Corps Reduces Water Release From Keystone Dam
TULSA COUNTY, Oklahoma - The Army Corps of Engineers has started reducing its water release from Keystone Dam.
This is the first step in the direction of reducing the flooding downstream, but that's going to take some time.
As of Thursday morning, Keystone Dam is releasing 245,000 cubic feet of water per second. That's down from the 275,000 CFS its been releasing since last week.
The Corps says it plans to make an even bigger reduction over the weekend--aiming to have it at 150,000 CFS by Saturday.
Then the plan is the scale it back and even more next week.
This is good news because it will help bring the Arkansas River back within its banks.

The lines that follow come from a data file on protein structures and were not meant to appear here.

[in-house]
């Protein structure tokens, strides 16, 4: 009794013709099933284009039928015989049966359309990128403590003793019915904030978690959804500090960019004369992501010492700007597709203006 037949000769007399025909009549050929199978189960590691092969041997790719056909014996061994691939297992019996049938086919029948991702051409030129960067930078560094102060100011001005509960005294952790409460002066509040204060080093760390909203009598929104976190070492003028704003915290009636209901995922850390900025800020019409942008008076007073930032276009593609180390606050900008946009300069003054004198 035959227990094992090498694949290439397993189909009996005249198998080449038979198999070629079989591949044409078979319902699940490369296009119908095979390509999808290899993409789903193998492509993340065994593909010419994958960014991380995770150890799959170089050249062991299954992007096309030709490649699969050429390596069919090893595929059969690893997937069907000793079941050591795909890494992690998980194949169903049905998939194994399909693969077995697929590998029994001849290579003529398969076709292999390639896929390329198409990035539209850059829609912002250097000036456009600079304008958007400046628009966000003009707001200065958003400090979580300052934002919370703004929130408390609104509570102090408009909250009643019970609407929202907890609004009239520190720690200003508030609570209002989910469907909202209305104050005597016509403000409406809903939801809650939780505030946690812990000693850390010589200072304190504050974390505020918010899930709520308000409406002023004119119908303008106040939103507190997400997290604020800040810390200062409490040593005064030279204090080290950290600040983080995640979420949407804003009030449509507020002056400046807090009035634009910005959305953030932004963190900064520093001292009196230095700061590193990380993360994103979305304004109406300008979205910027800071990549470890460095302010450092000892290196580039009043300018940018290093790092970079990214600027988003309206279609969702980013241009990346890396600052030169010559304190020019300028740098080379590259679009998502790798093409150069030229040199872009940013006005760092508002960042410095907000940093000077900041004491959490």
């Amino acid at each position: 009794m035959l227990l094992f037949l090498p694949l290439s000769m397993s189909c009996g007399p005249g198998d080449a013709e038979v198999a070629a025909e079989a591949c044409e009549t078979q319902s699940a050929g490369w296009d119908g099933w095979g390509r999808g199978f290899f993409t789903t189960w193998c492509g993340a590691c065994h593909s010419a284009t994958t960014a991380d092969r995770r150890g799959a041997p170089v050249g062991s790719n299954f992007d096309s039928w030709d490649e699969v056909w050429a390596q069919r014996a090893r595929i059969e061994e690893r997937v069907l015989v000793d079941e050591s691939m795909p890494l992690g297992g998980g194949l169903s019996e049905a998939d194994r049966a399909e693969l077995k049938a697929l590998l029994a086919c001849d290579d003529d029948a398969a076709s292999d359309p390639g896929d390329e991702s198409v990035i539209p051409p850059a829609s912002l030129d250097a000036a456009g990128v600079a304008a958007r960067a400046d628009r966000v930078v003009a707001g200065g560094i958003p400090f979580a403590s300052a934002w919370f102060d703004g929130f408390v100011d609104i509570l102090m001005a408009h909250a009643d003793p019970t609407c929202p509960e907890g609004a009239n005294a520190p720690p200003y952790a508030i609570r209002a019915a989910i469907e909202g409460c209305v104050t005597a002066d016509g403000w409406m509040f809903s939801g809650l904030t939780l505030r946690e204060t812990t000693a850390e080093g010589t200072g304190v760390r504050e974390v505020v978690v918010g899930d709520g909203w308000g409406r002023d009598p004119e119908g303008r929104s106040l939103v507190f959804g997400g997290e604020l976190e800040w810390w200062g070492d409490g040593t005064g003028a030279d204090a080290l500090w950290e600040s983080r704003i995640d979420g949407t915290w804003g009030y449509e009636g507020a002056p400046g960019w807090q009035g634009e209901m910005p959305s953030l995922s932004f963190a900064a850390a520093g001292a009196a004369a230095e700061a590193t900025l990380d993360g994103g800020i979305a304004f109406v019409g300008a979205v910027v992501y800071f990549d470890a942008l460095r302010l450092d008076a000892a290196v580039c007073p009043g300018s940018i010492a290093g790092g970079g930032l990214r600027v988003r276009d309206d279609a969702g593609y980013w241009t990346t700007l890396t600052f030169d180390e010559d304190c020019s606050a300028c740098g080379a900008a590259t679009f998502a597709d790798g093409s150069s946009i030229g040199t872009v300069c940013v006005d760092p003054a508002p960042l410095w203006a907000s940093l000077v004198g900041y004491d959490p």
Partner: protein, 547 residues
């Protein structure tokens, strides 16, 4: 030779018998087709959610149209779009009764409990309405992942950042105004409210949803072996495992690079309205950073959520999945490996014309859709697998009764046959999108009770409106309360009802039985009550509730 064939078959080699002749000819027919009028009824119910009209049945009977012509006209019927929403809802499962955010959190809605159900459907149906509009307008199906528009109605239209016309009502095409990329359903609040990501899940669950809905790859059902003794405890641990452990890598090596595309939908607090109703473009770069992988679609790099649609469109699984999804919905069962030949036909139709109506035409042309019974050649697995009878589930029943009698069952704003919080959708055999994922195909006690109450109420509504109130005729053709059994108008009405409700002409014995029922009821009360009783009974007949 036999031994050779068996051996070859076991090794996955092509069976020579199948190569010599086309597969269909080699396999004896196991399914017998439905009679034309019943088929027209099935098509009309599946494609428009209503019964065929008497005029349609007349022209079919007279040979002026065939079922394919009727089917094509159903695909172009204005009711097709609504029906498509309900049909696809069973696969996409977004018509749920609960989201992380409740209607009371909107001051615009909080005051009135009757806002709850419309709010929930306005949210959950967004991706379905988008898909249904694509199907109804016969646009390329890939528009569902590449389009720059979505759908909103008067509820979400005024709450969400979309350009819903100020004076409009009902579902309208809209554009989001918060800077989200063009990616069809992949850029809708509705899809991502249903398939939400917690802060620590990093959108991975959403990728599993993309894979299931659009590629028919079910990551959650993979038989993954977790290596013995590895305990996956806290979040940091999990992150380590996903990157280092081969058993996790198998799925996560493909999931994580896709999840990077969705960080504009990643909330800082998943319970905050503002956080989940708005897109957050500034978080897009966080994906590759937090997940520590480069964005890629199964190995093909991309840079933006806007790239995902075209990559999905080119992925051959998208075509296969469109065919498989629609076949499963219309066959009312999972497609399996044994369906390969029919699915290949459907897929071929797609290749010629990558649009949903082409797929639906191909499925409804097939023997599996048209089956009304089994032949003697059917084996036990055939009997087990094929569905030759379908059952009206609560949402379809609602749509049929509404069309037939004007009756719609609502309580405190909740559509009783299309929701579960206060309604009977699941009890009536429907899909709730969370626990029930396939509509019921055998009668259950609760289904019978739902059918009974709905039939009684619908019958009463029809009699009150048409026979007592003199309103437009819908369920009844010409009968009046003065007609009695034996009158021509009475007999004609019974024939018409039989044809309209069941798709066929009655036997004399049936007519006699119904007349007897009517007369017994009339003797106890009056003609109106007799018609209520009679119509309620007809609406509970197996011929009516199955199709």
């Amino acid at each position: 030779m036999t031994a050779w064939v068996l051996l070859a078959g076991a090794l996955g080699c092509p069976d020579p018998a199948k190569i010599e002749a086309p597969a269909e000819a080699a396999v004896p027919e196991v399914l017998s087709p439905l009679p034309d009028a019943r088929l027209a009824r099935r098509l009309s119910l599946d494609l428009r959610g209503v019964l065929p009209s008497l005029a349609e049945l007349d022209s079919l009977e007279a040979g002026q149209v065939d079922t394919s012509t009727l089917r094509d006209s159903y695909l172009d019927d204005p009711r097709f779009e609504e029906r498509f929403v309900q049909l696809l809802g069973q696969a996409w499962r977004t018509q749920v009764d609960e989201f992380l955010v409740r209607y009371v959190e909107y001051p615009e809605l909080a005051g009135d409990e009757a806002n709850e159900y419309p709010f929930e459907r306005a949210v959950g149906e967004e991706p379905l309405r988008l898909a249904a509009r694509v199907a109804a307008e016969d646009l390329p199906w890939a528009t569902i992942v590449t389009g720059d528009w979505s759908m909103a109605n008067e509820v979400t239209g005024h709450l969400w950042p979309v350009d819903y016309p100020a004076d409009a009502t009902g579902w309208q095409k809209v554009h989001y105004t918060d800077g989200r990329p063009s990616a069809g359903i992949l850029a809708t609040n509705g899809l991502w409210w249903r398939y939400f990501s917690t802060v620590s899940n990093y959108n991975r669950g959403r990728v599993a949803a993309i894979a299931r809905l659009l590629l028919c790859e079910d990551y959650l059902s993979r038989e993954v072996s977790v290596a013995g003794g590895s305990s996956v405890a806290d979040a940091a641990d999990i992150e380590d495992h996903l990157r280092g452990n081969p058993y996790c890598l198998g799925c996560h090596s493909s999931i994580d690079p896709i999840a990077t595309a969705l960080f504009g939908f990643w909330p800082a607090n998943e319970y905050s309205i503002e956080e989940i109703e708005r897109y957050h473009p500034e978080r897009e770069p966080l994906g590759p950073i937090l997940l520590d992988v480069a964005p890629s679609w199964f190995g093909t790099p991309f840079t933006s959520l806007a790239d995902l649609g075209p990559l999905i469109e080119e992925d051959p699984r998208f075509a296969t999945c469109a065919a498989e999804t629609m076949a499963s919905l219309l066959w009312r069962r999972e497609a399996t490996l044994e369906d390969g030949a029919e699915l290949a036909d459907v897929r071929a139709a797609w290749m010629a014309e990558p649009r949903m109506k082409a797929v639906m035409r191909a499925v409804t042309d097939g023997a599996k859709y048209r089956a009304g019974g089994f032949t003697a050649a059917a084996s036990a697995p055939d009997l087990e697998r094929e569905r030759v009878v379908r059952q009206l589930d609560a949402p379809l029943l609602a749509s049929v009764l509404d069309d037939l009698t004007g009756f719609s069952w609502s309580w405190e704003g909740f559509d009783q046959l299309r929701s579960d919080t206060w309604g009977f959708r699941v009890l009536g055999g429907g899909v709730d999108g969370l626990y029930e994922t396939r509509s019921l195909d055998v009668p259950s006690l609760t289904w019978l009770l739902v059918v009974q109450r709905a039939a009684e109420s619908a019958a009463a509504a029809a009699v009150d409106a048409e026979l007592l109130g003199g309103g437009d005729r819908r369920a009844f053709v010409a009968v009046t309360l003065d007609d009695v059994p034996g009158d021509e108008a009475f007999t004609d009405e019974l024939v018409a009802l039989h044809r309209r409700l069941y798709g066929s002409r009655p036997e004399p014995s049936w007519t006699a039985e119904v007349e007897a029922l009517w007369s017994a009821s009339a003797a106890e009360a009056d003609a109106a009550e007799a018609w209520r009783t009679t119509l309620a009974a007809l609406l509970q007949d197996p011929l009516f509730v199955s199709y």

The Corps is monitoring the dam around the clock.
Hydrologists are re-evaluating and gauging the decrease rate every 6 hours -- based on inflows into Keystone Lake.
Tulsa Mayor GT Bynum says it is important to note that just because the release is being scaled back, doesn't mean the dangers of the water go away. He says with the projected release schedule, the threat to the levees won't go away until sometime over the weekend.
And he says it will take some time for folks downstream--in Tulsa, Jenks and Bixby--to see the effects of the reduction.
But the hope is to have the river back in its banks by sometime next week.
And then the recovery process will begin- one the mayor says will take years.